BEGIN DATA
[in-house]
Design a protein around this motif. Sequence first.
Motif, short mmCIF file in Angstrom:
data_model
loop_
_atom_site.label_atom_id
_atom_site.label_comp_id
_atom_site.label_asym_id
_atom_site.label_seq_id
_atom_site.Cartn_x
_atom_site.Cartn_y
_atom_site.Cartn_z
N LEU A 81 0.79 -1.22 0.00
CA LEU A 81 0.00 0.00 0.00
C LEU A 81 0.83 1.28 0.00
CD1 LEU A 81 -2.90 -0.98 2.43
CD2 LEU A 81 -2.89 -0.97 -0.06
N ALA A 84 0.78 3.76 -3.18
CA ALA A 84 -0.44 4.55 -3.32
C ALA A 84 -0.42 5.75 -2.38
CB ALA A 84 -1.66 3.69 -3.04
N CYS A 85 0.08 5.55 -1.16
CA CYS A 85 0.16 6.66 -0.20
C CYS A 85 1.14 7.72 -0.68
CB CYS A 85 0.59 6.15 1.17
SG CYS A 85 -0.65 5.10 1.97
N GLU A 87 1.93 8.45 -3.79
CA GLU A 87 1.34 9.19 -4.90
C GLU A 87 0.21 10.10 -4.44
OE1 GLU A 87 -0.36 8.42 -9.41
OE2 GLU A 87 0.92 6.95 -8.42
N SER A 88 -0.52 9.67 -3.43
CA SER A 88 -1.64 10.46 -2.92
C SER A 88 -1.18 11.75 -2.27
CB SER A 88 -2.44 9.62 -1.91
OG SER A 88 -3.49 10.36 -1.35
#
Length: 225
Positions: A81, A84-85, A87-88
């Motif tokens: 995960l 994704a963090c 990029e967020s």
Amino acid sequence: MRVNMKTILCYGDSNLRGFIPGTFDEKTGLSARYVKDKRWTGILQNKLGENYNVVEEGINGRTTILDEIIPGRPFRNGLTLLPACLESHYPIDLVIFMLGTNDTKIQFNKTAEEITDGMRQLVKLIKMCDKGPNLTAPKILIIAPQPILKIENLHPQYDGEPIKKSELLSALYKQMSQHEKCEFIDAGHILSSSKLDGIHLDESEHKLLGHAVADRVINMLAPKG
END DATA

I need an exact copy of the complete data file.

[in-house]
Design a protein around this motif. Sequence first.
Motif, short mmCIF file in Angstrom:
data_model
loop_
_atom_site.label_atom_id
_atom_site.label_comp_id
_atom_site.label_asym_id
_atom_site.label_seq_id
_atom_site.Cartn_x
_atom_site.Cartn_y
_atom_site.Cartn_z
N LEU A 81 0.79 -1.22 0.00
CA LEU A 81 0.00 0.00 0.00
C LEU A 81 0.83 1.28 0.00
CD1 LEU A 81 -2.90 -0.98 2.43
CD2 LEU A 81 -2.89 -0.97 -0.06
N ALA A 84 0.78 3.76 -3.18
CA ALA A 84 -0.44 4.55 -3.32
C ALA A 84 -0.42 5.75 -2.38
CB ALA A 84 -1.66 3.69 -3.04
N CYS A 85 0.08 5.55 -1.16
CA CYS A 85 0.16 6.66 -0.20
C CYS A 85 1.14 7.72 -0.68
CB CYS A 85 0.59 6.15 1.17
SG CYS A 85 -0.65 5.10 1.97
N GLU A 87 1.93 8.45 -3.79
CA GLU A 87 1.34 9.19 -4.90
C GLU A 87 0.21 10.10 -4.44
OE1 GLU A 87 -0.36 8.42 -9.41
OE2 GLU A 87 0.92 6.95 -8.42
N SER A 88 -0.52 9.67 -3.43
CA SER A 88 -1.64 10.46 -2.92
C SER A 88 -1.18 11.75 -2.27
CB SER A 88 -2.44 9.62 -1.91
OG SER A 88 -3.49 10.36 -1.35
#
Length: 225
Positions: A81, A84-85, A87-88
């Motif tokens: 995960l 994704a963090c 990029e967020s």
Amino acid sequence: MRVNMKTILCYGDSNLRGFIPGTFDEKTGLSARYVKDKRWTGILQNKLGENYNVVEEGINGRTTILDEIIPGRPFRNGLTLLPACLESHYPIDLVIFMLGTNDTKIQFNKTAEEITDGMRQLVKLIKMCDKGPNLTAPKILIIAPQPILKIENLHPQYDGEPIKKSELLSALYKQMSQHEKCEFIDAGHILSSSKLDGIHLDESEHKLLGHAVADRVINMLAPKG